First Response: Getting the Initial Message Right

March 4, 2020

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When a company finds itself in the spotlight for the wrong reasons, one of the immediate priorities is framing the first response.

It is critical that stakeholders’ different interests are taken into consideration before a public statement is made, and that organisations do not make hasty statements that subsequently prove to be misleading.

The latest edition of Cleary Gottlieb’s Global Crisis Management Handbook includes a chapter on public relations and message management, recognising that one of the most common mistakes made by businesses is the poor timing or ill-considered content of a public message.

Click here to download the Global Crisis Management Handbook.

Volkswagen and “Dieselgate”

In September 2015, Volkswagen was accused by the U.S. Environmental Protection Agency of working to circumvent car emissions requirements. Volkswagen’s early response to the scandal that would become known as “Dieselgate” was to downplay the severity of the issue, initially blaming the problem on “the mistakes of a few people” It quickly came to light, however, that the misconduct had gone on for far longer, and involved more people, than had been initially disclosed.

As the story evolved, the company’s response continued to be inconsistent and contradictory, adding to public anger and distrust. In the end, Volkswagen pleaded guilty to conspiracy to defraud customers, obstruction of justice and making false statements, paying $2.8 billion to resolve a criminal case and civil government actions. It continues to face litigation around the world.

While managing the crisis was always going to be a considerable challenge, if the initial disclosures had been framed more accurately, there may have been greater opportunity to mitigate the issues and manage their resolution more effectively. If so, Volkswagen might never have faced issues such as the charges of obstruction of justice and making false statements.

BP and Deepwater Horizon

Days after the Deepwater Horizon oil spill in 2010, BP issued the first of multiple statements, saying the flow rate of the leak was about 5,000 barrels of oil per day. When the company eventually settled a case for $525 million with the Securities and Exchange Commission, it was noted that information about the flow rate was not updated even when internal and third party data showed the actual rate was 10 to 30 times higher than the company had stated.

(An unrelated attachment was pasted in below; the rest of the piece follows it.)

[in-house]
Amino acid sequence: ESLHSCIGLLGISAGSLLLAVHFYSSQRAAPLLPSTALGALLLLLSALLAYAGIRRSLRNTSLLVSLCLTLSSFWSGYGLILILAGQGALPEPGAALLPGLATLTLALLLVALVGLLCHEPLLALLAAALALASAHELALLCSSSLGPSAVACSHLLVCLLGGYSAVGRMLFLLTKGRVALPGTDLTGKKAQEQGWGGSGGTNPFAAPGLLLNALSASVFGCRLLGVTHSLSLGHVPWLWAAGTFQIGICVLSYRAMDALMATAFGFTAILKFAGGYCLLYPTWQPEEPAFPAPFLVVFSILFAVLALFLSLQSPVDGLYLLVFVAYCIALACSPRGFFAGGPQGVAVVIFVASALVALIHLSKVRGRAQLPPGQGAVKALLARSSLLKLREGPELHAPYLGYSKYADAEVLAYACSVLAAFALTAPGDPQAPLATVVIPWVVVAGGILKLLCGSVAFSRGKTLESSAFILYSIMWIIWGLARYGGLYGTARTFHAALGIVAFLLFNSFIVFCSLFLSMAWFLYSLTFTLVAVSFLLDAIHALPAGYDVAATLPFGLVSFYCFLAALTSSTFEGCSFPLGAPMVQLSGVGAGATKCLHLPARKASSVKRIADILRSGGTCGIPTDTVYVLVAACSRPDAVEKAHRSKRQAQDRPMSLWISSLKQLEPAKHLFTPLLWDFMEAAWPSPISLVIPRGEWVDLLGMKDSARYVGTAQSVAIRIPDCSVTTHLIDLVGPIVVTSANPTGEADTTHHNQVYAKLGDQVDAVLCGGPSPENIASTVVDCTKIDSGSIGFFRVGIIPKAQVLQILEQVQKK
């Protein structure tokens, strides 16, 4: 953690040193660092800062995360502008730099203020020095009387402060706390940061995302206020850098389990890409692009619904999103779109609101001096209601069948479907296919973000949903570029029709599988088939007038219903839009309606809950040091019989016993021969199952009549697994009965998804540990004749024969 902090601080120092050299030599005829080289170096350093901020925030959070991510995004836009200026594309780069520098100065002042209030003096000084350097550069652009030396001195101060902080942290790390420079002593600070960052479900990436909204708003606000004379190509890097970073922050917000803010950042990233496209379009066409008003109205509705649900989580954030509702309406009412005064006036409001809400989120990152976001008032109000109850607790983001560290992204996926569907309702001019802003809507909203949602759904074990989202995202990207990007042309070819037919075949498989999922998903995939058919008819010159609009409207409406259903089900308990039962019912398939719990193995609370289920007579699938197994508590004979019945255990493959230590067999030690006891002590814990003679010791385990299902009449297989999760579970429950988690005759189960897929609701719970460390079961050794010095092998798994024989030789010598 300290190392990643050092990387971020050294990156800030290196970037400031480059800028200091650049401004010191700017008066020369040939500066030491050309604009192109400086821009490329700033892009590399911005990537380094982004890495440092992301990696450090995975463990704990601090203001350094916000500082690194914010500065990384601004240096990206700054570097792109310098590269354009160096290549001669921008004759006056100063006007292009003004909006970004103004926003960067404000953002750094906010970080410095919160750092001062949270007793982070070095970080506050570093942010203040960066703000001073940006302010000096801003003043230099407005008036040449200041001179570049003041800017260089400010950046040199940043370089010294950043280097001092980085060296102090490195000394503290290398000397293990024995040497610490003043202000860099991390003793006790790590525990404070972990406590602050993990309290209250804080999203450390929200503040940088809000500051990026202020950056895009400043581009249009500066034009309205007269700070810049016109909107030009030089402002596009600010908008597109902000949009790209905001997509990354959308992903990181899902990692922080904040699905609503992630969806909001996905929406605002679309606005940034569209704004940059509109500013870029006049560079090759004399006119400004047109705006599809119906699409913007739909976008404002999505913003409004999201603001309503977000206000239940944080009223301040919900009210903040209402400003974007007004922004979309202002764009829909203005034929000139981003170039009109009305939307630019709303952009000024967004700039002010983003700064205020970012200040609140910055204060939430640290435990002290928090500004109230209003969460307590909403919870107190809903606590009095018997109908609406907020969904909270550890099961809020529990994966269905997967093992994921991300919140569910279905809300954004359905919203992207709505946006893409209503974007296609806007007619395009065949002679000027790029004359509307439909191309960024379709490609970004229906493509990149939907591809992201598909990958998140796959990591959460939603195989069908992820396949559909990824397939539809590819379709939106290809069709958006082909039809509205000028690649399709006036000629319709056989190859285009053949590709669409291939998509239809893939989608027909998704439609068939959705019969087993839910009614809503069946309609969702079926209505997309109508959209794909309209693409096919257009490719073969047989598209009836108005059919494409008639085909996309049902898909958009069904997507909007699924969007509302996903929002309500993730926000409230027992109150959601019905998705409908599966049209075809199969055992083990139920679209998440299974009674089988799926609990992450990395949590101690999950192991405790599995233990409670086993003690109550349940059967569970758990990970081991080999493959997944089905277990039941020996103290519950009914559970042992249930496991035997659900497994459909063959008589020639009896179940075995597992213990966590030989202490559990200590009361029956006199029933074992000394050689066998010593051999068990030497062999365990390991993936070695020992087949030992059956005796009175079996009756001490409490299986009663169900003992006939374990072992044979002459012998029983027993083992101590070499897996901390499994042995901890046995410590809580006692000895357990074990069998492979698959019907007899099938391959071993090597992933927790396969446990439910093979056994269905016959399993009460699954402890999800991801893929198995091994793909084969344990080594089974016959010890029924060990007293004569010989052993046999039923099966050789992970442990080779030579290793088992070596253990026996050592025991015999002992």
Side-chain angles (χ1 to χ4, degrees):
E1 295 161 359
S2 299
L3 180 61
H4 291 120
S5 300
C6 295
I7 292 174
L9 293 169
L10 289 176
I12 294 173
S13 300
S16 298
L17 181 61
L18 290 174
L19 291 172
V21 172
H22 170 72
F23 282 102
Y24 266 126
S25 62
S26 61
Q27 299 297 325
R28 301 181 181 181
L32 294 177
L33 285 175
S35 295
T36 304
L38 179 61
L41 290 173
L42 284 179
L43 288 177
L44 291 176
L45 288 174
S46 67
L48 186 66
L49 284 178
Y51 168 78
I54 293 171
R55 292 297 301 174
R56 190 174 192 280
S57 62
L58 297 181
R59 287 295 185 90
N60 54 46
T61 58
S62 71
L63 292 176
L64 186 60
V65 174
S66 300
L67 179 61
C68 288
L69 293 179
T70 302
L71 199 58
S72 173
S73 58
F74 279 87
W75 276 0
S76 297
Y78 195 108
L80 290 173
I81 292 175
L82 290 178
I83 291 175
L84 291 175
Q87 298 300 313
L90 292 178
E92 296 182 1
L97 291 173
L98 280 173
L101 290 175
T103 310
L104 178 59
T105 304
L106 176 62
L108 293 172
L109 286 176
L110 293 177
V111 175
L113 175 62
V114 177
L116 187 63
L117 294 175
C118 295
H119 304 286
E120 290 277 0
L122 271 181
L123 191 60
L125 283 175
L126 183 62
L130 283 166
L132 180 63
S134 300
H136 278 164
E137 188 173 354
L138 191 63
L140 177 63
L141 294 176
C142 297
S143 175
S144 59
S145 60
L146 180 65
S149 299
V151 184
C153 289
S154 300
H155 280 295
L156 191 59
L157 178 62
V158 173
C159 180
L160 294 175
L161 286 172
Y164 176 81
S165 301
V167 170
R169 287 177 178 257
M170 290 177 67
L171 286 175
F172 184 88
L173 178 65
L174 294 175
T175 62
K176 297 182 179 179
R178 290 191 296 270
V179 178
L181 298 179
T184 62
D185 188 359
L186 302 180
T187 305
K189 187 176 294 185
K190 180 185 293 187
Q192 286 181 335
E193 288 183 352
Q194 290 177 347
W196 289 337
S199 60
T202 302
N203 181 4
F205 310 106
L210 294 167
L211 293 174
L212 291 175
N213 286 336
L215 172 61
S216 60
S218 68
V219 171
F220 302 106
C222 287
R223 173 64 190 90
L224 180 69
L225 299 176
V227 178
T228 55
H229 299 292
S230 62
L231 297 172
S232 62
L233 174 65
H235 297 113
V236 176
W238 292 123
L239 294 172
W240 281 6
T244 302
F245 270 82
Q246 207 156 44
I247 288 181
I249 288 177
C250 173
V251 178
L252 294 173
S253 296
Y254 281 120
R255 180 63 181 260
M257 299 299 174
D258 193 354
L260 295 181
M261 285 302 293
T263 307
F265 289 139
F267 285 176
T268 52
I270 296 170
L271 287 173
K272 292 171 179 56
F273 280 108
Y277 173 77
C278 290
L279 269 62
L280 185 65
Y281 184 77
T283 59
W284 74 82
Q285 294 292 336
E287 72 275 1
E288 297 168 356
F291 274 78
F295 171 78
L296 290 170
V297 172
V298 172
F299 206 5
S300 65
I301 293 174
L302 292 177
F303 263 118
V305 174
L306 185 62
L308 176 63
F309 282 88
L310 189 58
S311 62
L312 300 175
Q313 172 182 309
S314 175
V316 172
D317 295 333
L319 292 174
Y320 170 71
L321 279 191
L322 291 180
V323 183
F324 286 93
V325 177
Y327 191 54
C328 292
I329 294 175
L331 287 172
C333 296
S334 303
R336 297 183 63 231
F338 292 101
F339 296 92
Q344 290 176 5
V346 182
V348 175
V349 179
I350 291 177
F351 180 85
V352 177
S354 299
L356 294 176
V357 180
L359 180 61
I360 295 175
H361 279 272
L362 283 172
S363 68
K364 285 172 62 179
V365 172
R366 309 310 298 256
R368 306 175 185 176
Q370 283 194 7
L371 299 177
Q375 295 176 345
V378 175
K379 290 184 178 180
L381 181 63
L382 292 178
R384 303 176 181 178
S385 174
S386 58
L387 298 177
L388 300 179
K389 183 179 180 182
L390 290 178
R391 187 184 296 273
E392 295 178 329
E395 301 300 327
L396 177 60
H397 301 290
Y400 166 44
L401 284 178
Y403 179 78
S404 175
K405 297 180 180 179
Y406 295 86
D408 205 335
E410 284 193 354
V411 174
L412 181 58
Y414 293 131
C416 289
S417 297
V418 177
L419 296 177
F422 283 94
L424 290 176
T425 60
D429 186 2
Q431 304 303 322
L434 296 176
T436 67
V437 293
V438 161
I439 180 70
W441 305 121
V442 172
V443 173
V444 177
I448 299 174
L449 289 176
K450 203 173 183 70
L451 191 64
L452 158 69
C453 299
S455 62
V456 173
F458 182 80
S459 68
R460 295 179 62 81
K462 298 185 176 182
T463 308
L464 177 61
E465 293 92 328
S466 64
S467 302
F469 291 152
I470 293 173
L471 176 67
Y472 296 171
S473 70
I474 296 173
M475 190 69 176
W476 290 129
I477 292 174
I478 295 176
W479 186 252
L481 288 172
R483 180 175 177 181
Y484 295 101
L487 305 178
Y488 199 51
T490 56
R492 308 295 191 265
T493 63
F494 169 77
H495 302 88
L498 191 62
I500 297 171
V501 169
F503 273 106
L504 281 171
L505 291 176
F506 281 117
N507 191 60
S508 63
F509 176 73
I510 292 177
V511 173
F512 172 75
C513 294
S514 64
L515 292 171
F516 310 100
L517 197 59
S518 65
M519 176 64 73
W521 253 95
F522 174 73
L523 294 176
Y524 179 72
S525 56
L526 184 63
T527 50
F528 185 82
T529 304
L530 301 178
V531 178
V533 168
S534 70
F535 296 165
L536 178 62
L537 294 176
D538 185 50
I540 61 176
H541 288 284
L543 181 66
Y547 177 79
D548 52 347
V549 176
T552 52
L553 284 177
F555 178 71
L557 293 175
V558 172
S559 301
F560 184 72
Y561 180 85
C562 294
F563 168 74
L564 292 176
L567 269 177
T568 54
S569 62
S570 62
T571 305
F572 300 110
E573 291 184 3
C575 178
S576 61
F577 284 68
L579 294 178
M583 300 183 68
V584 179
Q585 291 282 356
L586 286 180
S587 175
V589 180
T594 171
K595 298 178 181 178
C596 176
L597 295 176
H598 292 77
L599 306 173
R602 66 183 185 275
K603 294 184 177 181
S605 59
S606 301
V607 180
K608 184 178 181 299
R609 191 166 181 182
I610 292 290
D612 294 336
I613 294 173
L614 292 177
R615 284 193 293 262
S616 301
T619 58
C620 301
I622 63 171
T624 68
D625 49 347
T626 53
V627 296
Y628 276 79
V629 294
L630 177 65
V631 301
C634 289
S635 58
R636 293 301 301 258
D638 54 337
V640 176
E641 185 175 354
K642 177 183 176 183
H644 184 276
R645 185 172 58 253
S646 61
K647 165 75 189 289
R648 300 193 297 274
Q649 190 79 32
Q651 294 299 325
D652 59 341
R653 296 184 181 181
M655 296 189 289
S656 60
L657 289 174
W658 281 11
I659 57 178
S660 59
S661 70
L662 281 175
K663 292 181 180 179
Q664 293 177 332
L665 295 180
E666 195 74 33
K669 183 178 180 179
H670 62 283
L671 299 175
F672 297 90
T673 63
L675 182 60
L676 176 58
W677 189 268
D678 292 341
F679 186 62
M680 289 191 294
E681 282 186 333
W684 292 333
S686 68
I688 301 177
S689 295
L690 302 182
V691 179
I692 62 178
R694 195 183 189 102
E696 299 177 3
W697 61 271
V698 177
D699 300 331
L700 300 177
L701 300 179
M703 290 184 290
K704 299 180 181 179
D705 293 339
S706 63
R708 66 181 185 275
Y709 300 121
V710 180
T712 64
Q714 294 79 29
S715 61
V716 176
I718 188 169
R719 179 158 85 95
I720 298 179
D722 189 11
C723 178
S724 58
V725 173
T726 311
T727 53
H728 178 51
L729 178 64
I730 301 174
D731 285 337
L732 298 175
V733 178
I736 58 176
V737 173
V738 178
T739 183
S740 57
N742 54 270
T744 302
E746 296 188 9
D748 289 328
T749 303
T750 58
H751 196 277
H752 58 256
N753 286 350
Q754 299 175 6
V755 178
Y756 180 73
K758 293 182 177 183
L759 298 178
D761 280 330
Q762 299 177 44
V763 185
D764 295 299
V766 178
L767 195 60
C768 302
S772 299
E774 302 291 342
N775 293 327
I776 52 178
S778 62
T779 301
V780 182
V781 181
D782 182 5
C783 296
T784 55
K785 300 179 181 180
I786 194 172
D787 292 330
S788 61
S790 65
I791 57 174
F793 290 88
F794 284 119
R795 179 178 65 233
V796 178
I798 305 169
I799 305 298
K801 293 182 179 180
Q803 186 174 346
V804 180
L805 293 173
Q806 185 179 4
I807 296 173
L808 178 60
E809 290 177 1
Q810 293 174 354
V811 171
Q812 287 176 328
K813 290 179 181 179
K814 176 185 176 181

This had a knock-on effect in that BP later paid $175 million to settle claims that it had misled investors by underplaying the size of the spill. If it had simply not specified the flow rate in initial statements, the company might have avoided the adverse consequences.

The takeaways

These case studies illustrate that companies should not only exercise caution when making statements early in a crisis but also be prepared to update their statements as and when necessary. Incomplete disclosure, or incorrect disclosure that is left uncorrected, can lead to damaging exposures in private securities litigation and can also create an impression that the company is not in control.

Four PR steps to take in a crisis

Cleary Gottlieb’s Global Crisis Management Handbook suggests four primary public relations steps that should be taken during a crisis:

  1. gather relevant stakeholders to coordinate messaging and ensure consistency across audiences;
  2. identify the stakeholders who need to receive messaging, including employees, the public, regulators, customers and creditors;
  3. coordinate all disclosures with assistance and advice from counsel; and
  4. consider hiring a public relations firm to work in conjunction with legal representation.

It is important that the legal and practical consequences of a public response are taken into consideration from the outset. In particular, careful thought must be given to whether disclosure is actually necessary. Frequently, the urge to respond to requests for comment means that organisations fail to weigh the practical and legal risks of a public statement, potentially exacerbating the scale of the crisis by adding further regulatory and litigation exposures to the initial problem.

Click here to download the Global Crisis Management Handbook.